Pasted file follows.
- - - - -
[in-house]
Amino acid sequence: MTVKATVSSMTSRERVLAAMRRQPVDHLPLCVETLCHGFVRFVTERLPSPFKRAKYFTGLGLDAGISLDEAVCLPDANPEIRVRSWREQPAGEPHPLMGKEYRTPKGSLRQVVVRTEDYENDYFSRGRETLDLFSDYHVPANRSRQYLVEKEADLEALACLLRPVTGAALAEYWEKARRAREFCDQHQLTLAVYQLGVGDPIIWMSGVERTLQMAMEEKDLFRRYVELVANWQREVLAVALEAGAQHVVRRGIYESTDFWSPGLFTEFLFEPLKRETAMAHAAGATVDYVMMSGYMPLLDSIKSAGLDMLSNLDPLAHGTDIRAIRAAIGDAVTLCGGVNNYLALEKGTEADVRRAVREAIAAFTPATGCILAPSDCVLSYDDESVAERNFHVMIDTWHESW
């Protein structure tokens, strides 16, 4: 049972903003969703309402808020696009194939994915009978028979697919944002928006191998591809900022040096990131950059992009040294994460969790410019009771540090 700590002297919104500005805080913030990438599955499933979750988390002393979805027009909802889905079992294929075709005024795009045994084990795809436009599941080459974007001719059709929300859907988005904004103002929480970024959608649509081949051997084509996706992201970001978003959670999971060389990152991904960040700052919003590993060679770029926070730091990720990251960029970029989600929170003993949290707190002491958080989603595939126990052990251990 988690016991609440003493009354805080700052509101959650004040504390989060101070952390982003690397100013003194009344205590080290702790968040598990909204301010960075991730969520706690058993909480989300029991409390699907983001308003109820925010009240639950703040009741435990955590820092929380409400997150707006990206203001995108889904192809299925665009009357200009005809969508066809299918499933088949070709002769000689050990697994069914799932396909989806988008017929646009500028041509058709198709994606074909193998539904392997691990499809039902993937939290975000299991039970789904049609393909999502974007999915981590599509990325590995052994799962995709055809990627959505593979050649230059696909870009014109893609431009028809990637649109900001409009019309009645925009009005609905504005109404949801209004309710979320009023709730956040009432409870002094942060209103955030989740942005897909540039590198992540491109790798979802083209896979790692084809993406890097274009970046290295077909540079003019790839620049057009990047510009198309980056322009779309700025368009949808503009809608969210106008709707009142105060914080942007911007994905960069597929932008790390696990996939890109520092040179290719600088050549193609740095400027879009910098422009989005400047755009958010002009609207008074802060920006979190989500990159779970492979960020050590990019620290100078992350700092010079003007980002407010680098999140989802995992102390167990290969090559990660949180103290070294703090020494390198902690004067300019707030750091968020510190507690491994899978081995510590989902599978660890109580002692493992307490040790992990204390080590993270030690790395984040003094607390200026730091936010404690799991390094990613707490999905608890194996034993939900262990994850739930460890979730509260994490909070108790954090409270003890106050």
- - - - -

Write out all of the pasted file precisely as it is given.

[in-house]
Amino acid sequence: MTVKATVSSMTSRERVLAAMRRQPVDHLPLCVETLCHGFVRFVTERLPSPFKRAKYFTGLGLDAGISLDEAVCLPDANPEIRVRSWREQPAGEPHPLMGKEYRTPKGSLRQVVVRTEDYENDYFSRGRETLDLFSDYHVPANRSRQYLVEKEADLEALACLLRPVTGAALAEYWEKARRAREFCDQHQLTLAVYQLGVGDPIIWMSGVERTLQMAMEEKDLFRRYVELVANWQREVLAVALEAGAQHVVRRGIYESTDFWSPGLFTEFLFEPLKRETAMAHAAGATVDYVMMSGYMPLLDSIKSAGLDMLSNLDPLAHGTDIRAIRAAIGDAVTLCGGVNNYLALEKGTEADVRRAVREAIAAFTPATGCILAPSDCVLSYDDESVAERNFHVMIDTWHESW
């Protein structure tokens, strides 16, 4: 049972903003969703309402808020696009194939994915009978028979697919944002928006191998591809900022040096990131950059992009040294994460969790410019009771540090 700590002297919104500005805080913030990438599955499933979750988390002393979805027009909802889905079992294929075709005024795009045994084990795809436009599941080459974007001719059709929300859907988005904004103002929480970024959608649509081949051997084509996706992201970001978003959670999971060389990152991904960040700052919003590993060679770029926070730091990720990251960029970029989600929170003993949290707190002491958080989603595939126990052990251990 988690016991609440003493009354805080700052509101959650004040504390989060101070952390982003690397100013003194009344205590080290702790968040598990909204301010960075991730969520706690058993909480989300029991409390699907983001308003109820925010009240639950703040009741435990955590820092929380409400997150707006990206203001995108889904192809299925665009009357200009005809969508066809299918499933088949070709002769000689050990697994069914799932396909989806988008017929646009500028041509058709198709994606074909193998539904392997691990499809039902993937939290975000299991039970789904049609393909999502974007999915981590599509990325590995052994799962995709055809990627959505593979050649230059696909870009014109893609431009028809990637649109900001409009019309009645925009009005609905504005109404949801209004309710979320009023709730956040009432409870002094942060209103955030989740942005897909540039590198992540491109790798979802083209896979790692084809993406890097274009970046290295077909540079003019790839620049057009990047510009198309980056322009779309700025368009949808503009809608969210106008709707009142105060914080942007911007994905960069597929932008790390696990996939890109520092040179290719600088050549193609740095400027879009910098422009989005400047755009958010002009609207008074802060920006979190989500990159779970492979960020050590990019620290100078992350700092010079003007980002407010680098999140989802995992102390167990290969090559990660949180103290070294703090020494390198902690004067300019707030750091968020510190507690491994899978081995510590989902599978660890109580002692493992307490040790992990204390080590993270030690790395984040003094607390200026730091936010404690799991390094990613707490999905608890194996034993939900262990994850739930460890979730509260994490909070108790954090409270003890106050």